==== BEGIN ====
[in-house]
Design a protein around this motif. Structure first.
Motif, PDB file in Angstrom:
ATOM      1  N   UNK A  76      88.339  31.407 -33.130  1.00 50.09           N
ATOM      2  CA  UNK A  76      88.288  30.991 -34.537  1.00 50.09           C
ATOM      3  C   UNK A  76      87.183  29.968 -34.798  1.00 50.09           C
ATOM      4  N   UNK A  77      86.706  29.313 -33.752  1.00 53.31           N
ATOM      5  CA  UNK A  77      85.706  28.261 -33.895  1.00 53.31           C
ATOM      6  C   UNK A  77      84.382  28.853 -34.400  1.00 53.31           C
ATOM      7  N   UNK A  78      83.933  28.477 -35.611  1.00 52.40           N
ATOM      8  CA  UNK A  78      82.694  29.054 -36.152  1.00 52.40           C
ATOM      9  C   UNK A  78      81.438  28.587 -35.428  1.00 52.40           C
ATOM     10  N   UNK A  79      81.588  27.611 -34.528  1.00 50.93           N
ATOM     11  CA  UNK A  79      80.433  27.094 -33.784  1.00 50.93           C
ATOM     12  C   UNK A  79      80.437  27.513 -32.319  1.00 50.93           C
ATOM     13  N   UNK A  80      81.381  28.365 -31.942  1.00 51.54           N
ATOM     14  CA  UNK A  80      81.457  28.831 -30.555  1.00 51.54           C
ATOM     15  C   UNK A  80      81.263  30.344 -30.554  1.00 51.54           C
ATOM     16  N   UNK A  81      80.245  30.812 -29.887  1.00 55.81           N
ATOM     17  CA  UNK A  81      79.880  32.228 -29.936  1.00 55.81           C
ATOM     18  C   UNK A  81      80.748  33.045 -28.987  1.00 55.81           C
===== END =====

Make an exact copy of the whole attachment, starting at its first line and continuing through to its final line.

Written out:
[in-house]
Design a protein around this motif. Structure first.
Motif, PDB file in Angstrom:
ATOM      1  N   UNK A  76      88.339  31.407 -33.130  1.00 50.09           N
ATOM      2  CA  UNK A  76      88.288  30.991 -34.537  1.00 50.09           C
ATOM      3  C   UNK A  76      87.183  29.968 -34.798  1.00 50.09           C
ATOM      4  N   UNK A  77      86.706  29.313 -33.752  1.00 53.31           N
ATOM      5  CA  UNK A  77      85.706  28.261 -33.895  1.00 53.31           C
ATOM      6  C   UNK A  77      84.382  28.853 -34.400  1.00 53.31           C
ATOM      7  N   UNK A  78      83.933  28.477 -35.611  1.00 52.40           N
ATOM      8  CA  UNK A  78      82.694  29.054 -36.152  1.00 52.40           C
ATOM      9  C   UNK A  78      81.438  28.587 -35.428  1.00 52.40           C
ATOM     10  N   UNK A  79      81.588  27.611 -34.528  1.00 50.93           N
ATOM     11  CA  UNK A  79      80.433  27.094 -33.784  1.00 50.93           C
ATOM     12  C   UNK A  79      80.437  27.513 -32.319  1.00 50.93           C
ATOM     13  N   UNK A  80      81.381  28.365 -31.942  1.00 51.54           N
ATOM     14  CA  UNK A  80      81.457  28.831 -30.555  1.00 51.54           C
ATOM     15  C   UNK A  80      81.263  30.344 -30.554  1.00 51.54           C
ATOM     16  N   UNK A  81      80.245  30.812 -29.887  1.00 55.81           N
ATOM     17  CA  UNK A  81      79.880  32.228 -29.936  1.00 55.81           C
ATOM     18  C   UNK A  81      80.748  33.045 -28.987  1.00 55.81           C